He was too focused on the fact that her actions would make him lose his manly pride. But later on when Torvald is informed that Krogstad wont tell anyone about this, Torvald calms down and tells Nora that they’r saved. Nora seems upset and he continuously keeps on telling her that he forgives her, as if Nora needed his forgiveness. At this point it becomes clear to Nora that she had been living all these years with a strange man, and had born him three children. Nora realizes that his love for her is not as deep as his self-pride.
My father couldn’t accept her thinking at first, finally he understood about it through years, and also his character became softened. Our relationship became better than before after divorce. I felt a lot of love from them. If my parent didn’t divorce, they would be still talking on the whiteboard, and I wouldn’t talk much with them. I wouldn’t know my father’s feeling to my mother.
Because at the end of the book Ronald Cotton and Jennifer Thompson finally met and she thought that since she had him locked away for about half his life, in the end he said that he didn’t want to hurt her and that he forgave her for all that she has done. At the end he said that “I forgive you”. For me in the beginning I could not understand why he forgave her for locking him up for all those years for a crime that he did not even commit. I was thinking in my mind that I would have lost it when I got out because I tried to convince the court many times that I was not the rapist and I was in jail for over 10 years. I don’t know what I would have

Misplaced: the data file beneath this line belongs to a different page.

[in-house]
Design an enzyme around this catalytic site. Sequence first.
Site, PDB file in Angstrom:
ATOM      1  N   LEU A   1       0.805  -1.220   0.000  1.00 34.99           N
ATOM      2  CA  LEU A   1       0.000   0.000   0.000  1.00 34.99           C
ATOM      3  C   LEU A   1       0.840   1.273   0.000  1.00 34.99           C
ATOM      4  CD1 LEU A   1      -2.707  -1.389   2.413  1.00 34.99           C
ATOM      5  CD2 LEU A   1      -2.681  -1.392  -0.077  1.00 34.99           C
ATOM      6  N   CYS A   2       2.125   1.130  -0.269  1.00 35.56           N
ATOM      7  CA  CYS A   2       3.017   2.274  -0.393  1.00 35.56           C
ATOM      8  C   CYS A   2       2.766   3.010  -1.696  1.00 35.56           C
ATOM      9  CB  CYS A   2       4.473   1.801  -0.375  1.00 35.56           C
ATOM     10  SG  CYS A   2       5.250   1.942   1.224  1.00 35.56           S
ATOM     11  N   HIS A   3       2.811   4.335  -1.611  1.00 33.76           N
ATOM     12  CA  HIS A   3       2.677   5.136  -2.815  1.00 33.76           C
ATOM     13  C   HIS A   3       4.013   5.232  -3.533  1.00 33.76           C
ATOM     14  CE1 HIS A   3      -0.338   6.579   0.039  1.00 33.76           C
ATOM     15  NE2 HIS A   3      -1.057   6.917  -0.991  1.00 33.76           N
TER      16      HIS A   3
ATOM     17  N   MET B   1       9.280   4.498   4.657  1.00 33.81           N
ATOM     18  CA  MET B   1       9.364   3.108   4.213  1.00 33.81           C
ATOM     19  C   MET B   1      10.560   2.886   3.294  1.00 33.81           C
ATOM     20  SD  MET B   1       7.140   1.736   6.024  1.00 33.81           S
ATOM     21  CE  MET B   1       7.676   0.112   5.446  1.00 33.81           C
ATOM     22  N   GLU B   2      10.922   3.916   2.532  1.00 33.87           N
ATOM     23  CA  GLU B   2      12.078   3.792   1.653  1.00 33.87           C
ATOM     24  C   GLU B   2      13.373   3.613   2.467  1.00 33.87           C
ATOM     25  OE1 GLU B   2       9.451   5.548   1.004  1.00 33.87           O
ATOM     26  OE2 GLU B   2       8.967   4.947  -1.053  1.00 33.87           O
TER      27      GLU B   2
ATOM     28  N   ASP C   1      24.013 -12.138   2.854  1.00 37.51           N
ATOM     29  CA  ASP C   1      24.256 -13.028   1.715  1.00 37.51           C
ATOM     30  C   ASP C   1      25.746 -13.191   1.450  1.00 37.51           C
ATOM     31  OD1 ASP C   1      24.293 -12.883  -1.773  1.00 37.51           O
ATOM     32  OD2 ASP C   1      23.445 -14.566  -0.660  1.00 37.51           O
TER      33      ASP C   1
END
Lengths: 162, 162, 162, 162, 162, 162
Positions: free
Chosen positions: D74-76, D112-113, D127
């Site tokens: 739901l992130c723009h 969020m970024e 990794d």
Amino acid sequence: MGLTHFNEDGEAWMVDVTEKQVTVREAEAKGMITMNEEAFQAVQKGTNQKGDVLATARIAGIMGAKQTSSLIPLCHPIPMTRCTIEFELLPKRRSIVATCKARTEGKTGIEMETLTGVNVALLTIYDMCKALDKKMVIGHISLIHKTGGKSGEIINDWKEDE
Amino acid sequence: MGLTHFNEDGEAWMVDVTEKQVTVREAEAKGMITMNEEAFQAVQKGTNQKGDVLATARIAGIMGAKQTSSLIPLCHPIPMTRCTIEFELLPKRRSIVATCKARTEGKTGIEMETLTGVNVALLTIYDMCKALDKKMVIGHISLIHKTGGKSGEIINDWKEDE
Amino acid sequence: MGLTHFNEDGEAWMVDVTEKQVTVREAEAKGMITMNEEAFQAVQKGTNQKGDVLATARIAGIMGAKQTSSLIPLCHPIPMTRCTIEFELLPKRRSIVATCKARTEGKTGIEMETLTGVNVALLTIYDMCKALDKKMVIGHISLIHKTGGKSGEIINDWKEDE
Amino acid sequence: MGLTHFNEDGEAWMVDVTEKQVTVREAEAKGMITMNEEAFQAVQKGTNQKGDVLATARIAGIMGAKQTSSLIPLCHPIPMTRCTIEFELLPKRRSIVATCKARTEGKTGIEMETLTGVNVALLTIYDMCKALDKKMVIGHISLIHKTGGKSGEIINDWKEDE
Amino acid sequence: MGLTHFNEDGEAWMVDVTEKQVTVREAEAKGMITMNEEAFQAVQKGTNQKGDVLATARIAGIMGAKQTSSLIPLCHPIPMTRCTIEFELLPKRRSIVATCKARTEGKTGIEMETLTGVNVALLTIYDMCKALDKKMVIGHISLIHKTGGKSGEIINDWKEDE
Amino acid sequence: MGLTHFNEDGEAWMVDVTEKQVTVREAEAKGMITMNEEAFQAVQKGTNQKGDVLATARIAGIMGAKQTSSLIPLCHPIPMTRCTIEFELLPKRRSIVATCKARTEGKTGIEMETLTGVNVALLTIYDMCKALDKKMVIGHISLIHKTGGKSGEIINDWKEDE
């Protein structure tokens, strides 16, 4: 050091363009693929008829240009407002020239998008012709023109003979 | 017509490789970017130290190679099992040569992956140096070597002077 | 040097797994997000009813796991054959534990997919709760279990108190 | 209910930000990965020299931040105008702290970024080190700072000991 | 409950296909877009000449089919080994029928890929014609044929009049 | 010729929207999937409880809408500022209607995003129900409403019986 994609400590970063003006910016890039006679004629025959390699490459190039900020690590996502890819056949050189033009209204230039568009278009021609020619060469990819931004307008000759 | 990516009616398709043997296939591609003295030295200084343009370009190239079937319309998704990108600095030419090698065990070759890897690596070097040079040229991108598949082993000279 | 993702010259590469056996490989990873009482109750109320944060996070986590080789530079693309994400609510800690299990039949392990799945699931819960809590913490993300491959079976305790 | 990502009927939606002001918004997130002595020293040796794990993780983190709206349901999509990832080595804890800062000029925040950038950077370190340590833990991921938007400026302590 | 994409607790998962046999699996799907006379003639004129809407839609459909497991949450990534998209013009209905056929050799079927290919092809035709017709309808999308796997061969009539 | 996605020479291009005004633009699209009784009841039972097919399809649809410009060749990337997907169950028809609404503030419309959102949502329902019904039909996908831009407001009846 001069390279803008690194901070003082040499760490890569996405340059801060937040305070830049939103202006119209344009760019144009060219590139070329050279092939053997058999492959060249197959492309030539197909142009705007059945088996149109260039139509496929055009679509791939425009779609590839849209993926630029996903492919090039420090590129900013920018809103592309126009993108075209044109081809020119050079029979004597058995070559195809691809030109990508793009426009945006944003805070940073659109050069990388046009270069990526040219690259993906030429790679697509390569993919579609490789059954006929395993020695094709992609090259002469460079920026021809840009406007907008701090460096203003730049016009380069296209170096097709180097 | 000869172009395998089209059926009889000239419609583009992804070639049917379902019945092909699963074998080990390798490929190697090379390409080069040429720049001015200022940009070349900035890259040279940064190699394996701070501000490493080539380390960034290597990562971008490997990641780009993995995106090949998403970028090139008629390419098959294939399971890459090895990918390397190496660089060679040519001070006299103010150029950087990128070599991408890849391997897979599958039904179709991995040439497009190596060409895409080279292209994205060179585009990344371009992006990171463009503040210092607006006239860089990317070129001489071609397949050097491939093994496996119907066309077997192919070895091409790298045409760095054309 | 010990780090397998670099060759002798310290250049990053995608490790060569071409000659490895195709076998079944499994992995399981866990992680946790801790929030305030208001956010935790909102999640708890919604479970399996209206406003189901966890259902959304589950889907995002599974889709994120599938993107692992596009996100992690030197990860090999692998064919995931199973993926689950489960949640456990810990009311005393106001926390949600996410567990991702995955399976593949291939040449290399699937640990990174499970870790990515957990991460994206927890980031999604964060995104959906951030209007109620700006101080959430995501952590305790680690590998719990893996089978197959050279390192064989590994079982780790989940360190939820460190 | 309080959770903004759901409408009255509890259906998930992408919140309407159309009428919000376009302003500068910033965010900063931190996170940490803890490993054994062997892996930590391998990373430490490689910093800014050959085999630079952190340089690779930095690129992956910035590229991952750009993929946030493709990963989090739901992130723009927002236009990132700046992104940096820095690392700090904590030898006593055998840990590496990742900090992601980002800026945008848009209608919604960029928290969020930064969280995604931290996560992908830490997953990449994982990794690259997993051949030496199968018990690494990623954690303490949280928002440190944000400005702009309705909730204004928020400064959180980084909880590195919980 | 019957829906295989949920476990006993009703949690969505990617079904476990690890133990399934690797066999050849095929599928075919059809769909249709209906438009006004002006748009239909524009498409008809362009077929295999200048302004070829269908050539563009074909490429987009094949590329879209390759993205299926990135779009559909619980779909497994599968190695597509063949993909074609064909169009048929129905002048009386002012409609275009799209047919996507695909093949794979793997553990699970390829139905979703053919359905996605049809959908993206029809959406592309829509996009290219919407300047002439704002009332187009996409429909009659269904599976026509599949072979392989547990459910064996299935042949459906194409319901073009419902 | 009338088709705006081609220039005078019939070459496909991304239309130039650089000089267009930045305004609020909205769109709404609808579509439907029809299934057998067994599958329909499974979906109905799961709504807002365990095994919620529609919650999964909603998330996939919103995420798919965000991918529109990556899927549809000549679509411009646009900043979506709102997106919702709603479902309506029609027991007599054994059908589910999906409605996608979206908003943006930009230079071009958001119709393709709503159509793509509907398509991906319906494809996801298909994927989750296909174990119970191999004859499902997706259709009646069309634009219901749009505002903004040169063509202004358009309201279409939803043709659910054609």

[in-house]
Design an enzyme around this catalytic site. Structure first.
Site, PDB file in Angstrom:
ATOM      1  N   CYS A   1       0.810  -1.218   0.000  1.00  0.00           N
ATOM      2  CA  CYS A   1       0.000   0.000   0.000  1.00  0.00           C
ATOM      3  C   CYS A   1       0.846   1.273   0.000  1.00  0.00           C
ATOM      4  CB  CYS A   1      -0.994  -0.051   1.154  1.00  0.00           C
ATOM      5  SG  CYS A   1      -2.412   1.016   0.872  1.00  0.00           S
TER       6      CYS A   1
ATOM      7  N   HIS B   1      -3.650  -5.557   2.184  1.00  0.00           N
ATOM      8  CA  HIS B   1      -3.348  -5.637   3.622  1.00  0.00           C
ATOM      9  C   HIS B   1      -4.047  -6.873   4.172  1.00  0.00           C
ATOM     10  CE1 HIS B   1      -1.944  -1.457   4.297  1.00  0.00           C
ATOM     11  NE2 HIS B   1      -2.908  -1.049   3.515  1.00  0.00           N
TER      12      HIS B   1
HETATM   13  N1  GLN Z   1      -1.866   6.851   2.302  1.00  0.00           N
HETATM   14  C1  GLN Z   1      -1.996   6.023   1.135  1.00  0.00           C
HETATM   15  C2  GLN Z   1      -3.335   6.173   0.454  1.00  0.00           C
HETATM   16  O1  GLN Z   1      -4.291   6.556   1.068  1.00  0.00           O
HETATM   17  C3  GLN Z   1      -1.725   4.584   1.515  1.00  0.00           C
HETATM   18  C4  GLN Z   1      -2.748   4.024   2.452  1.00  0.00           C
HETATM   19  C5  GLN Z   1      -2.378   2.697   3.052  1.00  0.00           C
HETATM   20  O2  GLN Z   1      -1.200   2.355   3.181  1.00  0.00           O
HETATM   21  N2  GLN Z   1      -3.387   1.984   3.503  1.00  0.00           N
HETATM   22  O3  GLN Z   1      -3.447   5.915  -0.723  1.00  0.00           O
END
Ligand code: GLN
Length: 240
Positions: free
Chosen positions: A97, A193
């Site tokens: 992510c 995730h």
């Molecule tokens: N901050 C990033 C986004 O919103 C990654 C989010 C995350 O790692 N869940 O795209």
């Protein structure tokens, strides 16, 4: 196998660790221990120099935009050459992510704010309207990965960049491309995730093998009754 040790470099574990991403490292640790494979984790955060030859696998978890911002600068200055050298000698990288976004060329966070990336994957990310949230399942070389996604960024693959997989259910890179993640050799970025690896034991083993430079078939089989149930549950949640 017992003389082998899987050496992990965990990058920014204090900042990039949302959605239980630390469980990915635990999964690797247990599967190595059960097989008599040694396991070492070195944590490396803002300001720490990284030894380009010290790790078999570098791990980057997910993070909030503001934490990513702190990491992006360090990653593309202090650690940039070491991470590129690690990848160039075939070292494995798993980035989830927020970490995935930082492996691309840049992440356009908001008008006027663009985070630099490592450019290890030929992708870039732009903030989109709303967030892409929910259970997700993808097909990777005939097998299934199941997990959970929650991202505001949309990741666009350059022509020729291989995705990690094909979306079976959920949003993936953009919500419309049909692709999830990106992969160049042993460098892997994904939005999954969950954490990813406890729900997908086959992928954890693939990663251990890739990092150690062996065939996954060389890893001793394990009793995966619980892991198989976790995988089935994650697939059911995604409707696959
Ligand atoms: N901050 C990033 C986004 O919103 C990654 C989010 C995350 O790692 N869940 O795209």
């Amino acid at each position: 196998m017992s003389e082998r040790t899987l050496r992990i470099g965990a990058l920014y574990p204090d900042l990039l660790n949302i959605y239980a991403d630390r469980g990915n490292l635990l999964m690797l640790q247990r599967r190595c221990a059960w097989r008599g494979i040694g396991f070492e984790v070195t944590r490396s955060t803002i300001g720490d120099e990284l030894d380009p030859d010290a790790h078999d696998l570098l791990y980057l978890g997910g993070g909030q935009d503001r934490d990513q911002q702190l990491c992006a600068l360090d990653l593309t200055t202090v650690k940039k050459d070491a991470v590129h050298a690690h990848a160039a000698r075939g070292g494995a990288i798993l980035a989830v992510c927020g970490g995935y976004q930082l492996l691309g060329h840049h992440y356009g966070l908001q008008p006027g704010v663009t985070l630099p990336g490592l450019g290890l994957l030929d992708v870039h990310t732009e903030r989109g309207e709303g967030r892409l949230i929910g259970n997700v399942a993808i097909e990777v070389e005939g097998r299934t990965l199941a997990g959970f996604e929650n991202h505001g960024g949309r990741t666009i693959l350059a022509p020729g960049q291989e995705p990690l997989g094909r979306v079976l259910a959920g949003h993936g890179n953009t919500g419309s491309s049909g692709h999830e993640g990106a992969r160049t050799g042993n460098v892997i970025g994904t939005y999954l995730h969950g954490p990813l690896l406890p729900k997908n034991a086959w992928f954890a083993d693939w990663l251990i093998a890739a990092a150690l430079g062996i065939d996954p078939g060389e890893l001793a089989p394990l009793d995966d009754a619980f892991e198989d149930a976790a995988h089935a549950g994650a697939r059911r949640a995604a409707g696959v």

When I was six years old I was forgotten at a Dairy Queen by my parents. They hadn’t meant to, of course, and with four rambunctious children always wandering it was a miracle it hadn’t happened earlier. I was in the bathroom for only a few minutes, and when I discovered that my parents had up and left me, I collapsed into a puddle of tears in the middle of the restaurant. I couldn’t understand how they had forgotten me. My life subsequent to that point has been a constant work in progress to make sure that I won’t be forgotten again, be that during, or after my life.
Rowland Reflection JournalRowland, RubyColorado Christian UniversitySession 1-Instructor Sarah WightmanJournal Rowland Reflection Journal2AroundJuly of 2017, after 18 years of marriage I divorced, I was devastated. My husband was not a bad man and had been raised a man of God but somewhere down the line alcohol won him over. He had an affair previously and I took him back as he promised he would seek help. After 7 years I realized that this was never going to happen, in fact it had worsened and his health and behaviors began to deteriorate. I was getting to the point to where it consumed me with worry about his health and my/our future and frankly I just didn’t want to be around him when he was like that.